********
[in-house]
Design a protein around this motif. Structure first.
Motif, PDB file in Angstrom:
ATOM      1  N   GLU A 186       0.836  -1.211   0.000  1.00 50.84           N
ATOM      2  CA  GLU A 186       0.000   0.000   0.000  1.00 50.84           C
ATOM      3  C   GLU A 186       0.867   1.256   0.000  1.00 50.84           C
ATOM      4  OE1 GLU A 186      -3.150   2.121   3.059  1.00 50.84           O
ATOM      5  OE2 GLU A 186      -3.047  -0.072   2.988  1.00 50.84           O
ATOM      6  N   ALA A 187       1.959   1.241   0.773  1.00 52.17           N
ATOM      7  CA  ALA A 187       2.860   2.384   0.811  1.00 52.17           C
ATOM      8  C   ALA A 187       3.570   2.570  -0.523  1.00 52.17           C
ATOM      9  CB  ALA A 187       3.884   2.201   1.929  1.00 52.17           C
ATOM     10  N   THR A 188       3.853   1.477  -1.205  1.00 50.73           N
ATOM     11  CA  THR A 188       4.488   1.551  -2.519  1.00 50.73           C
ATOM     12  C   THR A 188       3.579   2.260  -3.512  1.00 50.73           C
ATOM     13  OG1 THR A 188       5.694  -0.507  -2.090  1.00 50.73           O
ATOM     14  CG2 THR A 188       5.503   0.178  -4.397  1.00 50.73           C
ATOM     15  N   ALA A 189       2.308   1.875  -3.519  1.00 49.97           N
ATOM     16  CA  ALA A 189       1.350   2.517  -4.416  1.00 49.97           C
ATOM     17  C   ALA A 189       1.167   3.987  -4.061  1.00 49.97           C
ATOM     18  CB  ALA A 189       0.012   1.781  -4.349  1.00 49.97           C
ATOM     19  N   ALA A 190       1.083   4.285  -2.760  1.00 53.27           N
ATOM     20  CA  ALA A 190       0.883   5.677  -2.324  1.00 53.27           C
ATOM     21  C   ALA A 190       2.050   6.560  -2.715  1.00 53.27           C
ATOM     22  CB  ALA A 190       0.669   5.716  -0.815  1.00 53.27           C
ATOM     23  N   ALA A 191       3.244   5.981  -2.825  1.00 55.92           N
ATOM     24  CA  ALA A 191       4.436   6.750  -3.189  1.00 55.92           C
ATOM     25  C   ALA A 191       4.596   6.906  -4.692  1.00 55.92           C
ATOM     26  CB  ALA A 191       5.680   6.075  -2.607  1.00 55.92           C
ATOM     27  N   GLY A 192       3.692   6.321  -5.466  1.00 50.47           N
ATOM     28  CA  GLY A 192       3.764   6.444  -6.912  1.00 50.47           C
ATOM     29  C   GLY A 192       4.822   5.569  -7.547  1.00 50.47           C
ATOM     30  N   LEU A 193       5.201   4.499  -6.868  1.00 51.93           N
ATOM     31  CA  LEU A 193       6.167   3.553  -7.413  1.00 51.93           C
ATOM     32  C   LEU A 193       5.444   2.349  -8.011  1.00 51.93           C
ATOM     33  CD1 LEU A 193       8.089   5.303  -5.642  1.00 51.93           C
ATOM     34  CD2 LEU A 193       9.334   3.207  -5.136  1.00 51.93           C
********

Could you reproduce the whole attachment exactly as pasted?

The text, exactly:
[in-house]
Design a protein around this motif. Structure first.
Motif, PDB file in Angstrom:
ATOM      1  N   GLU A 186       0.836  -1.211   0.000  1.00 50.84           N
ATOM      2  CA  GLU A 186       0.000   0.000   0.000  1.00 50.84           C
ATOM      3  C   GLU A 186       0.867   1.256   0.000  1.00 50.84           C
ATOM      4  OE1 GLU A 186      -3.150   2.121   3.059  1.00 50.84           O
ATOM      5  OE2 GLU A 186      -3.047  -0.072   2.988  1.00 50.84           O
ATOM      6  N   ALA A 187       1.959   1.241   0.773  1.00 52.17           N
ATOM      7  CA  ALA A 187       2.860   2.384   0.811  1.00 52.17           C
ATOM      8  C   ALA A 187       3.570   2.570  -0.523  1.00 52.17           C
ATOM      9  CB  ALA A 187       3.884   2.201   1.929  1.00 52.17           C
ATOM     10  N   THR A 188       3.853   1.477  -1.205  1.00 50.73           N
ATOM     11  CA  THR A 188       4.488   1.551  -2.519  1.00 50.73           C
ATOM     12  C   THR A 188       3.579   2.260  -3.512  1.00 50.73           C
ATOM     13  OG1 THR A 188       5.694  -0.507  -2.090  1.00 50.73           O
ATOM     14  CG2 THR A 188       5.503   0.178  -4.397  1.00 50.73           C
ATOM     15  N   ALA A 189       2.308   1.875  -3.519  1.00 49.97           N
ATOM     16  CA  ALA A 189       1.350   2.517  -4.416  1.00 49.97           C
ATOM     17  C   ALA A 189       1.167   3.987  -4.061  1.00 49.97           C
ATOM     18  CB  ALA A 189       0.012   1.781  -4.349  1.00 49.97           C
ATOM     19  N   ALA A 190       1.083   4.285  -2.760  1.00 53.27           N
ATOM     20  CA  ALA A 190       0.883   5.677  -2.324  1.00 53.27           C
ATOM     21  C   ALA A 190       2.050   6.560  -2.715  1.00 53.27           C
ATOM     22  CB  ALA A 190       0.669   5.716  -0.815  1.00 53.27           C
ATOM     23  N   ALA A 191       3.244   5.981  -2.825  1.00 55.92           N
ATOM     24  CA  ALA A 191       4.436   6.750  -3.189  1.00 55.92           C
ATOM     25  C   ALA A 191       4.596   6.906  -4.692  1.00 55.92           C
ATOM     26  CB  ALA A 191       5.680   6.075  -2.607  1.00 55.92           C
ATOM     27  N   GLY A 192       3.692   6.321  -5.466  1.00 50.47           N
ATOM     28  CA  GLY A 192       3.764   6.444  -6.912  1.00 50.47           C
ATOM     29  C   GLY A 192       4.822   5.569  -7.547  1.00 50.47           C
ATOM     30  N   LEU A 193       5.201   4.499  -6.868  1.00 51.93           N
ATOM     31  CA  LEU A 193       6.167   3.553  -7.413  1.00 51.93           C
ATOM     32  C   LEU A 193       5.444   2.349  -8.011  1.00 51.93           C
ATOM     33  CD1 LEU A 193       8.089   5.303  -5.642  1.00 51.93           C
ATOM     34  CD2 LEU A 193       9.334   3.207  -5.136  1.00 51.93           C